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little room for any contestation to emerge as to how young men can construct their masculinity. Other young men are marginalised by such emphasis on ‘macho’ masculine ideals. This has implications for the debate as to how to structure training regimes for youth workers. Time and space for the development of such reflexivity and critical thinking within teams around intersectional identities are essential. The proximity of the worker’s journey to that which the young person is embarking on can, if managed both internally and externally in this way, add authenticity to that process, and potentially be transformative in its effect; if not reflexively acknowledged, however, it can exacerbate the very problem the worker is trying to address.

Father absence? Perhaps the most problematic area within our analysis was centred on how race and gender related to social constructions of fathering and youth violence. Workers were struggling to counter dominant discourses that continued to position the young men they were working with as the dangerous ‘other’ created in part by the failings of the community itself and fundamental deficits within families and workingclass ‘culture’. This involved overcoming pathological accounts of families as dysfunctional and countering images of feckless fathers. Among the groups of young people we met from all ethnic backgrounds, a number came from families where there was no father figure present. Young mothers we spoke to reported contradictory attitudes towards the fathers of their children, reflecting their own confusion as to father absence, and its effect on their children. In these conversations, many of which were spontaneous and could only be observed and recorded via field notes, young people and workers seemed to be employing some ‘common-sense’ notions around fatherhood, for example that a boy’s identification with his father is the basis of his future construction of masculinity (Tolson, 1977). Voices were often raised to assert that the issue of father absence was an issue that certain communities (commonly white and black working-class) urgently needed to address. Identity formation and the father as a ‘role model’ for young men is in our view a multi-layered, problematic concept that can quickly become characterised in terms of a ‘crisis’ as part of a moral panic, especially around the problem of youth violence. Paternal absence seen in this light could be characterised as the reinforcement of an ideology (symbolically violent in nature) used by the state to construct

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an ‘enemy within’. However, we wanted to remain open to the range of theorisations of father deficit, and what young people were saying to us on the topic. Some literature we sourced, including the work of Glynn (2014) summarised in Chapter Two, is clear that father absence in childhood has reverberations in later life. There is a real danger that when workers highlight father absence within black families alone, the prevalence of this issue in other communities is overlooked, and normative notions of family serve to further marginalise young black people who are already marginalised within education systems and wider society. At the same time, the young black men in London who recorded an album with our peer researcher did feel the absence of a father with whom they could identify, which presented real difficulties for them and their families as they grew up. They powerfully articulated this through their lyrics and in songs that charted their admiration for their mothers. “One for the mums that stand strong. And older brothers that man up when dad’s gone.” For the young men we spoke to, the presence of a psychologically and emotionally available father with whom they could identify might have provided a blueprint for how intimacy and emotional openness could figure in their own identities. Workers need to find ways in which young men from all communities can express their feelings around their familial relationships, and, while avoiding a discourse of deficit, facilitate activities that allow the expression of emotions that arise. Music is a good example of this as it can provide a vehicle to explore how intimacy and emotional openness can be a part of a positive male identity.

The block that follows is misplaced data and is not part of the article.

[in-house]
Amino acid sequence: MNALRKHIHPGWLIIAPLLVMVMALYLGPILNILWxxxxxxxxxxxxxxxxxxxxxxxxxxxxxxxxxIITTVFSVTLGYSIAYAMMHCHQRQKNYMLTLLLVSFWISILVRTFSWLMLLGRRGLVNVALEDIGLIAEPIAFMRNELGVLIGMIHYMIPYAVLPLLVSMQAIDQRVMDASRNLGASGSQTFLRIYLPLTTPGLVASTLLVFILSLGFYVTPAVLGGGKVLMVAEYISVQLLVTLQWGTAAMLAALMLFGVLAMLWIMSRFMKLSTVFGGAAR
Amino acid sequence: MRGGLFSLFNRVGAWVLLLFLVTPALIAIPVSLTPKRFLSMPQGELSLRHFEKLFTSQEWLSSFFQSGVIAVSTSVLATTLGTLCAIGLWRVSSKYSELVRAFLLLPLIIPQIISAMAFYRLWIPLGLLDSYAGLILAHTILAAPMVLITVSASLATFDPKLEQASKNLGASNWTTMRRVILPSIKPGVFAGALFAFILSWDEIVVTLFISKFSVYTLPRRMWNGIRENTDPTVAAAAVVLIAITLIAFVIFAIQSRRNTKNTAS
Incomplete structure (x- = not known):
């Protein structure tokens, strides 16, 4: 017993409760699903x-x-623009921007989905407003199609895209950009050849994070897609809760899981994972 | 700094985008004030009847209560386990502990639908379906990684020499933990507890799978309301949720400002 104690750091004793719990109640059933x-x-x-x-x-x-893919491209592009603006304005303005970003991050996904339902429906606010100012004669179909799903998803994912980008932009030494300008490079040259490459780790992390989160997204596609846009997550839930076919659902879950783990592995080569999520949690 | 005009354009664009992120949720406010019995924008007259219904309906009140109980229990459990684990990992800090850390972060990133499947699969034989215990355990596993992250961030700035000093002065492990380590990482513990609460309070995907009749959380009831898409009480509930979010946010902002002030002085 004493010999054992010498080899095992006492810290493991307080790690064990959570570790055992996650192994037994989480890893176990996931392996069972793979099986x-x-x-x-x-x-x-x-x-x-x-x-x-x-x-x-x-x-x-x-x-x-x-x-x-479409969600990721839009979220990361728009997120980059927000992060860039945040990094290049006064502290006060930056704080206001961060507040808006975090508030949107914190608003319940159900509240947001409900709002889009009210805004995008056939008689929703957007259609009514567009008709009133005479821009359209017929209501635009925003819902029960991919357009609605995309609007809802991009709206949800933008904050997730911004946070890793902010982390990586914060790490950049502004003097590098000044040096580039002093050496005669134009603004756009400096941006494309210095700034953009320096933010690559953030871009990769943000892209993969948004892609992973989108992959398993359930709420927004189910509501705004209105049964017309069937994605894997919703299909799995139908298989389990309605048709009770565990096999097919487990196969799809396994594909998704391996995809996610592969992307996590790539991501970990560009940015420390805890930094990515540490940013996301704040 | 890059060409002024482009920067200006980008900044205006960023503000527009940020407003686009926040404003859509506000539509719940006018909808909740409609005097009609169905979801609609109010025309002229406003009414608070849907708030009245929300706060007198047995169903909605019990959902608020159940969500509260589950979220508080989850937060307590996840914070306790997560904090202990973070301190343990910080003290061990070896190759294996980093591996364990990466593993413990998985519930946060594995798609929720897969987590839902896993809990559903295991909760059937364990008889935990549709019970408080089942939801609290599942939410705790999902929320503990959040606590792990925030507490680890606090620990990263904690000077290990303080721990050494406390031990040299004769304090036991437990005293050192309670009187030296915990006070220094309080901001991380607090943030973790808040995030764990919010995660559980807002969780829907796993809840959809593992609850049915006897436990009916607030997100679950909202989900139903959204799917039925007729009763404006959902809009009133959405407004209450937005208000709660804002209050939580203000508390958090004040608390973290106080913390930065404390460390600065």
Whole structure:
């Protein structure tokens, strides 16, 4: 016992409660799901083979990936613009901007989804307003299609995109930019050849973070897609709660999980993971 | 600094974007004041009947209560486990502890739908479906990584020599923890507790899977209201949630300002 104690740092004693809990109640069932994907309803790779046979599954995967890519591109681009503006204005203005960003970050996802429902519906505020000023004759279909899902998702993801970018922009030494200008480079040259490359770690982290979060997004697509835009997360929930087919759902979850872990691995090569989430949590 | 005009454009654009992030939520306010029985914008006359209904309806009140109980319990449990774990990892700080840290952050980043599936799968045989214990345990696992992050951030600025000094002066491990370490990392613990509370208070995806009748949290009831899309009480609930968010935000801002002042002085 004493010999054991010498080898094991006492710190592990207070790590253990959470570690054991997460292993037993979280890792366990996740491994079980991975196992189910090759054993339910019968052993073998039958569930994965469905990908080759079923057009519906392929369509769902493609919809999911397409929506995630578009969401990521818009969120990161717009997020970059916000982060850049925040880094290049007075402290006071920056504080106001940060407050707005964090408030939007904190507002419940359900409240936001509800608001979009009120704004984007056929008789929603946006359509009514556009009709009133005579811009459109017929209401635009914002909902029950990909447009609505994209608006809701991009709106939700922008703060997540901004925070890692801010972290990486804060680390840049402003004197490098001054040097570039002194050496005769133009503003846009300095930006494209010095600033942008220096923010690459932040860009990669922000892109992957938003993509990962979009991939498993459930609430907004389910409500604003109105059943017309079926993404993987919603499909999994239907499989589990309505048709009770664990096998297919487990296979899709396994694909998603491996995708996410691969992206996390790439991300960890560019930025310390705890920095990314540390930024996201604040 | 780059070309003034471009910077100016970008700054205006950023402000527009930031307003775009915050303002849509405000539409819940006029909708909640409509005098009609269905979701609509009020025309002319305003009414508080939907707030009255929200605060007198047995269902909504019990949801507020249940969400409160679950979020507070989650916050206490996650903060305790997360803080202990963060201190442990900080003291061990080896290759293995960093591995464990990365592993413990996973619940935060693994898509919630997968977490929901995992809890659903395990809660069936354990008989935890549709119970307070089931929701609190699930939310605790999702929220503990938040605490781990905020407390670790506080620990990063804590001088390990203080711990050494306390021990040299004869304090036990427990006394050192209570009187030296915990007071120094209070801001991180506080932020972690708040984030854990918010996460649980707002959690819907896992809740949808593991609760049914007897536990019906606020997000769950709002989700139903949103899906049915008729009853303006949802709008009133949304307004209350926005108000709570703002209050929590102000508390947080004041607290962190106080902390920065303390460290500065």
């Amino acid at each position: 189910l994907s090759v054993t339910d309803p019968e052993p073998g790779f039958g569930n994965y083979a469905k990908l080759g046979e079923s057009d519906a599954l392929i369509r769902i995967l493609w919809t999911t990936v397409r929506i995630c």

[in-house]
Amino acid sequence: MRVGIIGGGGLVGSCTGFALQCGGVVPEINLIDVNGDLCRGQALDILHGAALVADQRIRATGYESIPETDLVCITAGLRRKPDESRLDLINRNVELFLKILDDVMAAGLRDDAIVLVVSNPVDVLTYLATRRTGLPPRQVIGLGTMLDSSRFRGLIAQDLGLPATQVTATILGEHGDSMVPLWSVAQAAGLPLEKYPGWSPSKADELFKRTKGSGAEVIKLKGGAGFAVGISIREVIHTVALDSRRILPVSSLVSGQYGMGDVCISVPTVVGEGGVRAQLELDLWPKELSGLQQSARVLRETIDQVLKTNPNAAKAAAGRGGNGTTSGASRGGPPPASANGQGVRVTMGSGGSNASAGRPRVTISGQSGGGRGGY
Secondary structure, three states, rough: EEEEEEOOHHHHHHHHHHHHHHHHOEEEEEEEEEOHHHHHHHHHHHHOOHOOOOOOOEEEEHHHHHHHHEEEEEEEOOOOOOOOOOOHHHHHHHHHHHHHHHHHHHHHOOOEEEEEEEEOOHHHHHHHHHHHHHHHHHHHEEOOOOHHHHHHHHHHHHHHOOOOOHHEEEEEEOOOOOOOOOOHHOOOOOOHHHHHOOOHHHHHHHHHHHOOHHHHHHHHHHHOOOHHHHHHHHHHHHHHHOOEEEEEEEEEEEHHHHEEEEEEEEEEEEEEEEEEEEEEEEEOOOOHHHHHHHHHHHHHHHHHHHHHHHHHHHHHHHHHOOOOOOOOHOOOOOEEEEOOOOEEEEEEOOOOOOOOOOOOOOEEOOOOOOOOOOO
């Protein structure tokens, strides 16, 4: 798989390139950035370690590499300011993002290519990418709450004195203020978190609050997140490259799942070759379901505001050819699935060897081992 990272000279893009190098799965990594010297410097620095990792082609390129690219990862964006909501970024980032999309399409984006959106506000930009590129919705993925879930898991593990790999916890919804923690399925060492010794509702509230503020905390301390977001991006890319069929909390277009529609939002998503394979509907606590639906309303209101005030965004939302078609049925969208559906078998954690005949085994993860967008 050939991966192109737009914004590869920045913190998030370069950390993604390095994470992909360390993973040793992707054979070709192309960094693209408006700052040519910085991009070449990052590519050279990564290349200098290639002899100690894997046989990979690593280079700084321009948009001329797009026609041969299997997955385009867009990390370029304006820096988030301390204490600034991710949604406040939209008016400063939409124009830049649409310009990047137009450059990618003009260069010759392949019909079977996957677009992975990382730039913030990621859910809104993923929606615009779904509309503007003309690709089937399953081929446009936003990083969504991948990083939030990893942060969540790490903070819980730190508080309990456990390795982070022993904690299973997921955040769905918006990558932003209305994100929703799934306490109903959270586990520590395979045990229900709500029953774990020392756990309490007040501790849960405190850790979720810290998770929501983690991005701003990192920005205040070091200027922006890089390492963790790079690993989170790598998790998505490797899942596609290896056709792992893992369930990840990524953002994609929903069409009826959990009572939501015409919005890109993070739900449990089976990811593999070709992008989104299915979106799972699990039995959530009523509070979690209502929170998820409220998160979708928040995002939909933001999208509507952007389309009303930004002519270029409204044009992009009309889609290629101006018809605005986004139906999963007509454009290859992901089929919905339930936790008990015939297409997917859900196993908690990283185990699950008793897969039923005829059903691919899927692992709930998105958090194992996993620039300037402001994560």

Internalising racialised discourse and ethnocentricism Other young people we spoke too quickly identified racialising discourses that emerged not only from their community but also from various agents of the state. As we saw in Chapter Six, in Germany, young Moroccan, Turkish, Kosovan and Albanian people complained of unequal, sometimes violent, treatment at the hands of the police. The language they used to describe themselves, as well as that used by both workers and within the general population, symbolised the gradations in citizenship status accorded to those of a ‘migration background’ as opposed to those described as (presumably more fully) ‘German’. This highlights how fundamental shifts in power relations